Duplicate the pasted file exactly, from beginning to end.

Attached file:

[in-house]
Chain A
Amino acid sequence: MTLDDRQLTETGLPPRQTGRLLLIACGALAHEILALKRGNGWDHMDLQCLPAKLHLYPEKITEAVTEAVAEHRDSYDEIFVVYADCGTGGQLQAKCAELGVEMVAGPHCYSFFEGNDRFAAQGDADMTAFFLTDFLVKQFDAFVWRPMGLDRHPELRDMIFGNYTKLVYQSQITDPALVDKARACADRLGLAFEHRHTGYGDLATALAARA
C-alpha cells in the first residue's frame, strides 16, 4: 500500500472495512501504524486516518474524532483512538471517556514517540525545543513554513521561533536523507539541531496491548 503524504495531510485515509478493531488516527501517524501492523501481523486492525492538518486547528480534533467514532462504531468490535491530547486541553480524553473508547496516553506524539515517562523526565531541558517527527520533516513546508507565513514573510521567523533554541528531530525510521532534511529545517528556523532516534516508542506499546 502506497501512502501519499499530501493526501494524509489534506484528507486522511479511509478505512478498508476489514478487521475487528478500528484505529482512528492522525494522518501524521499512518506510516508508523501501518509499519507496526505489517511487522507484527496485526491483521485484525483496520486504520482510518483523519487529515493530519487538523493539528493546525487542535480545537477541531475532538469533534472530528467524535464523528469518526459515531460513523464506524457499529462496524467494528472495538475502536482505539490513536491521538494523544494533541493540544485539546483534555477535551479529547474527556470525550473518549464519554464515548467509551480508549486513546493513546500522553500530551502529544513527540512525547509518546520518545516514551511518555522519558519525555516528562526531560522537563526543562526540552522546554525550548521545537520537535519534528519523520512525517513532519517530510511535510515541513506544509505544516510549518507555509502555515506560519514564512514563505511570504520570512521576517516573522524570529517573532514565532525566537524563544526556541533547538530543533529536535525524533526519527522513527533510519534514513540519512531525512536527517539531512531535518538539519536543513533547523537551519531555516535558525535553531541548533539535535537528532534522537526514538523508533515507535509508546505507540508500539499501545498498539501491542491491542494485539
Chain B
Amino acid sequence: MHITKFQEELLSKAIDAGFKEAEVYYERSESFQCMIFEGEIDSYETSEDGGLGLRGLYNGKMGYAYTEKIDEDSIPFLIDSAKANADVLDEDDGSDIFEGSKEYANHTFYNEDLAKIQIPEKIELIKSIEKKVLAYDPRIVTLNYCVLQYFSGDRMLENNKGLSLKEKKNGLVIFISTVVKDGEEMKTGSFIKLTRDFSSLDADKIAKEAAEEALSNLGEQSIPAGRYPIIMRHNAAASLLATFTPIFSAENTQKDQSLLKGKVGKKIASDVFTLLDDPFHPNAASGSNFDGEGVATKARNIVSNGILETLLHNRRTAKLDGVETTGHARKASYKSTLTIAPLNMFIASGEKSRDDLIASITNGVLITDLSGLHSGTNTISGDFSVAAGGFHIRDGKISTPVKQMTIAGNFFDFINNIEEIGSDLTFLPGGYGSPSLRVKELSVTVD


[in-house]
Chain A
Amino acid sequence: MTLDDRQLTETGLPPRQTGRLLLIACGALAHEILALKRGNGWDHMDLQCLPAKLHLYPEKITEAVTEAVAEHRDSYDEIFVVYADCGTGGQLQAKCAELGVEMVAGPHCYSFFEGNDRFAAQGDADMTAFFLTDFLVKQFDAFVWRPMGLDRHPELRDMIFGNYTKLVYQSQITDPALVDKARACADRLGLAFEHRHTGYGDLATALAARA
C-alpha cells in the first residue's frame, strides 16, 4: 500500500472495512501504524486516518474524532483512538471517556514517540525545543513554513521561533536523507539541531496491548 503524504495531510485515509478493531488516527501517524501492523501481523486492525492538518486547528480534533467514532462504531468490535491530547486541553480524553473508547496516553506524539515517562523526565531541558517527527520533516513546508507565513514573510521567523533554541528531530525510521532534511529545517528556523532516534516508542506499546 502506497501512502501519499499530501493526501494524509489534506484528507486522511479511509478505512478498508476489514478487521475487528478500528484505529482512528492522525494522518501524521499512518506510516508508523501501518509499519507496526505489517511487522507484527496485526491483521485484525483496520486504520482510518483523519487529515493530519487538523493539528493546525487542535480545537477541531475532538469533534472530528467524535464523528469518526459515531460513523464506524457499529462496524467494528472495538475502536482505539490513536491521538494523544494533541493540544485539546483534555477535551479529547474527556470525550473518549464519554464515548467509551480508549486513546493513546500522553500530551502529544513527540512525547509518546520518545516514551511518555522519558519525555516528562526531560522537563526543562526540552522546554525550548521545537520537535519534528519523520512525517513532519517530510511535510515541513506544509505544516510549518507555509502555515506560519514564512514563505511570504520570512521576517516573522524570529517573532514565532525566537524563544526556541533547538530543533529536535525524533526519527522513527533510519534514513540519512531525512536527517539531512531535518538539519536543513533547523537551519531555516535558525535553531541548533539535535537528532534522537526514538523508533515507535509508546505507540508500539499501545498498539501491542491491542494485539
Chain B
Amino acid sequence: MHITKFQEELLSKAIDAGFKEAEVYYERSESFQCMIFEGEIDSYETSEDGGLGLRGLYNGKMGYAYTEKIDEDSIPFLIDSAKANADVLDEDDGSDIFEGSKEYANHTFYNEDLAKIQIPEKIELIKSIEKKVLAYDPRIVTLNYCVLQYFSGDRMLENNKGLSLKEKKNGLVIFISTVVKDGEEMKTGSFIKLTRDFSSLDADKIAKEAAEEALSNLGEQSIPAGRYPIIMRHNAAASLLATFTPIFSAENTQKDQSLLKGKVGKKIASDVFTLLDDPFHPNAASGSNFDGEGVATKARNIVSNGILETLLHNRRTAKLDGVETTGHARKASYKSTLTIAPLNMFIASGEKSRDDLIASITNGVLITDLSGLHSGTNTISGDFSVAAGGFHIRDGKISTPVKQMTIAGNFFDFINNIEEIGSDLTFLPGGYGSPSLRVKELSVTVD